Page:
But what was, on the surface, a simple fight over big government versus small has put Republicans in the awkward position of aligning themselves with the cable giants, among the most maligned industries in the country, against the sad Netflix viewer waiting for "House of Cards" to break through its "buffering" vortex.
In the intervening weeks, politics on the net neutrality issue have shifted so much that House and Senate Republicans are circulating legislation that would ostensibly do exactly what the president wants: ban the blocking or "throttling" of Web traffic and prohibit the creation of paid "fast lanes" for Internet content providers willing to pay for faster delivery.
But it would also prohibit the Federal Communications Commission from issuing regulations to achieve those goals - the approach favored by the Obama administration and most Internet companies.
"The ground has shifted," said Chip Pickering, a former Republican House member now lobbying for small Internet service providers who support net neutrality regulations. "Republicans lumped net neutrality in with the carbon tax and Obamacare: 'He's taking over everything and now he wants to take over the Internet.' But it was a reactive, visceral response without a real understanding."
The arcane fight over net neutrality is about to burst into the open. House and Senate panels will hold hearings Wednesday pitting the heads of the cable television and wireless lobbies against Amazon and scrappy little Etsy, an online craft market. Sen. John Thune, R-S.D., who heads the commerce committee, hopes to have legislation ready the following week - ahead of the FCC's February meeting and what Internet activists are calling "the most important FCC vote of our lifetime."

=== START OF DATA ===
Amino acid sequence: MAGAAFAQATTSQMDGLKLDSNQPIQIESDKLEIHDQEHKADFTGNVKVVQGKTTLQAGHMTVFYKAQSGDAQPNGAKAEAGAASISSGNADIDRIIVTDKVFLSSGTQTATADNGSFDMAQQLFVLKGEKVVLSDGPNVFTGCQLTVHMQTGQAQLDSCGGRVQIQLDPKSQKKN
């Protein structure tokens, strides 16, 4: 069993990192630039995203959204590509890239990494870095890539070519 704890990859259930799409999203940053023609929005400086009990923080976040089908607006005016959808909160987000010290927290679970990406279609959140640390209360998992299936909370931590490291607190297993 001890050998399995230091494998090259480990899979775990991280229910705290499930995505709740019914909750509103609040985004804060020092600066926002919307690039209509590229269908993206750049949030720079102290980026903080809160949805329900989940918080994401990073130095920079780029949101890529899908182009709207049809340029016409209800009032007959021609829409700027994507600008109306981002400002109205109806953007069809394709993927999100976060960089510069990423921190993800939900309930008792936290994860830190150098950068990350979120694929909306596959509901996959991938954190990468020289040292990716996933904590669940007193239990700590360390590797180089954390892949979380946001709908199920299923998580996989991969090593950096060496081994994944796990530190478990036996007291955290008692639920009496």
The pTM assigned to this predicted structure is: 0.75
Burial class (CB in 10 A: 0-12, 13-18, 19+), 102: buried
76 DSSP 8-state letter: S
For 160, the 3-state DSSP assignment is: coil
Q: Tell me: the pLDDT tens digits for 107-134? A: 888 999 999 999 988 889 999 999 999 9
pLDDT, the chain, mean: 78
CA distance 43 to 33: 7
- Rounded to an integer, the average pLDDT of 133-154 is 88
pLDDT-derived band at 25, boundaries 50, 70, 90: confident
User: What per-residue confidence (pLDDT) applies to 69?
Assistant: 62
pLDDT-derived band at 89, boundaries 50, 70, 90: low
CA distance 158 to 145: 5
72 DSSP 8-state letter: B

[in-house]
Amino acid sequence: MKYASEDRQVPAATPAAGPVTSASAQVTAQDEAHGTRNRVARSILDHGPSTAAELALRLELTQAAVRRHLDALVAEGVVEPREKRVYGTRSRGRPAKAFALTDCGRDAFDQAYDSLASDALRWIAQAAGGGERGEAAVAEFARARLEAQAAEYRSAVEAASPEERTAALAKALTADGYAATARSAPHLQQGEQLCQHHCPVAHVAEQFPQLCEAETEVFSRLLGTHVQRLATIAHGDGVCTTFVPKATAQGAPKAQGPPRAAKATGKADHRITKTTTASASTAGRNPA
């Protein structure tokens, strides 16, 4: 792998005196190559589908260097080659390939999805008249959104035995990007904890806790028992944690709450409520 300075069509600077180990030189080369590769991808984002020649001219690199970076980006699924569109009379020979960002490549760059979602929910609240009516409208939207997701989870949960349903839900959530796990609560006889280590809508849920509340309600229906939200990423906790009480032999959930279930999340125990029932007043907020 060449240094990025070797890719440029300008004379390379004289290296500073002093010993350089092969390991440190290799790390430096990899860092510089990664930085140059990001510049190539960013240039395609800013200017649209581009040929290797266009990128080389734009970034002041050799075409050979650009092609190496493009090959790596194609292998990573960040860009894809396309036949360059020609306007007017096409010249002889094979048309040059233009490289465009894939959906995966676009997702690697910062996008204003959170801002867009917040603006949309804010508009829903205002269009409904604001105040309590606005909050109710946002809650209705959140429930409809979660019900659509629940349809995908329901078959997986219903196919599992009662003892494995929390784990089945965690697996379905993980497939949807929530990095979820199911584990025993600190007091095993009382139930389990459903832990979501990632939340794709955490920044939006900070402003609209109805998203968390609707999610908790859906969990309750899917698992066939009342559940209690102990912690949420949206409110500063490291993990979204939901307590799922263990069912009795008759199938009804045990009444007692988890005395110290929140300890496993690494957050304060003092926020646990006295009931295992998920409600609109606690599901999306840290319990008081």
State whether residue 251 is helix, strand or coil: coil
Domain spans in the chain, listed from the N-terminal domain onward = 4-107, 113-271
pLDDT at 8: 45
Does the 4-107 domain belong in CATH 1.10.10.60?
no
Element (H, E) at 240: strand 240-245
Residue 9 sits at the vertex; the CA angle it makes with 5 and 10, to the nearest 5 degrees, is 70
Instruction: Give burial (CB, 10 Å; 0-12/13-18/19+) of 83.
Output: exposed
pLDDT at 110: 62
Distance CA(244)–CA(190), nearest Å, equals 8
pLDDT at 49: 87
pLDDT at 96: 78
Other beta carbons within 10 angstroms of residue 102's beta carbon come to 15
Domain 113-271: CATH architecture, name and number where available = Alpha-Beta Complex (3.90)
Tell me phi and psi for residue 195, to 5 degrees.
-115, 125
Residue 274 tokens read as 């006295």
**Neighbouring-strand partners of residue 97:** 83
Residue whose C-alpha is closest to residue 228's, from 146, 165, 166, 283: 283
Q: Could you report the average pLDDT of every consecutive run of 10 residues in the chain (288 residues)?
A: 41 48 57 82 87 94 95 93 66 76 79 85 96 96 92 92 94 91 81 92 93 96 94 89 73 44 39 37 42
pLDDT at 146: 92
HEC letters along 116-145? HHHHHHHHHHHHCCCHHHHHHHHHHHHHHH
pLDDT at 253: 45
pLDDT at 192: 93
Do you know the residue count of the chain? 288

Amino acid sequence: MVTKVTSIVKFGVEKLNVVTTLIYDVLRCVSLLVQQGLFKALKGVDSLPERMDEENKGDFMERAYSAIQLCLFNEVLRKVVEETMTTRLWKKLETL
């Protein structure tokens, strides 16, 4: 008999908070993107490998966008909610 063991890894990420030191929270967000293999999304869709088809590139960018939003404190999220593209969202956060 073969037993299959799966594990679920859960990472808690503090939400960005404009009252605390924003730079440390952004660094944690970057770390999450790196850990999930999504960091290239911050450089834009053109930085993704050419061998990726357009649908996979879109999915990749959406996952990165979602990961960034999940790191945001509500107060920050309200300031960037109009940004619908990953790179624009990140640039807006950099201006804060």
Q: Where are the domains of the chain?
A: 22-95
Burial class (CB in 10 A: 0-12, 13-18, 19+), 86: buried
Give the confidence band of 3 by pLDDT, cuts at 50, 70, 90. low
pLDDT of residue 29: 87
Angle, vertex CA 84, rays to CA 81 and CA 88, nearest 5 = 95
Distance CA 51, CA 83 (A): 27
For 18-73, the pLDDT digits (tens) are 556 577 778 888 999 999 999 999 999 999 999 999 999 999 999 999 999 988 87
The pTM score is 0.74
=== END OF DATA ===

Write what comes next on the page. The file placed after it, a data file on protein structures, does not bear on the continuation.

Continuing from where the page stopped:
"By turning the FCC away from a heavy-handed and messy approach to regulating the Internet, this draft protects both consumers who rely on Internet services and innovators who create jobs," Thune said about his legislation in a statement.
Internet companies and online activists say Republicans have adopted the language of the net neutrality movement, even as they carry the water of the cable companies, and they are preparing for battle. Some of those same players blackened their website, appealed to their customers and ultimately torpedoed bipartisan legislation in 2012 to combat online piracy in a major new economy-old economy fight.
Once again, an Internet regulatory showdown might be guided as much by grass-roots guerrilla tactics as the lobbying of Comcast and Verizon. The FCC has received 4 million comments on net neutrality - overwhelmingly in favor - ahead of its Feb. 26 decision day, second only to Janet Jackson's "wardrobe malfunction" at the Super Bowl in 2004.
After Cruz called net neutrality "the biggest regulatory threat to the Internet" on his Facebook page, the entry was flooded with comments like "I'm a Republican, and I support Sen. Cruz, and I'm a big admirer, but on this, he's wrong, very wrong," or "I'm a Ted Cruz fan, but as a small website owner, it seems to me net neutrality is a good thing," and "Senator Cruz, you are risking alienating a huge part of your base by such a pro-monopoly stance. The battle for net neutrality is a conservative cause."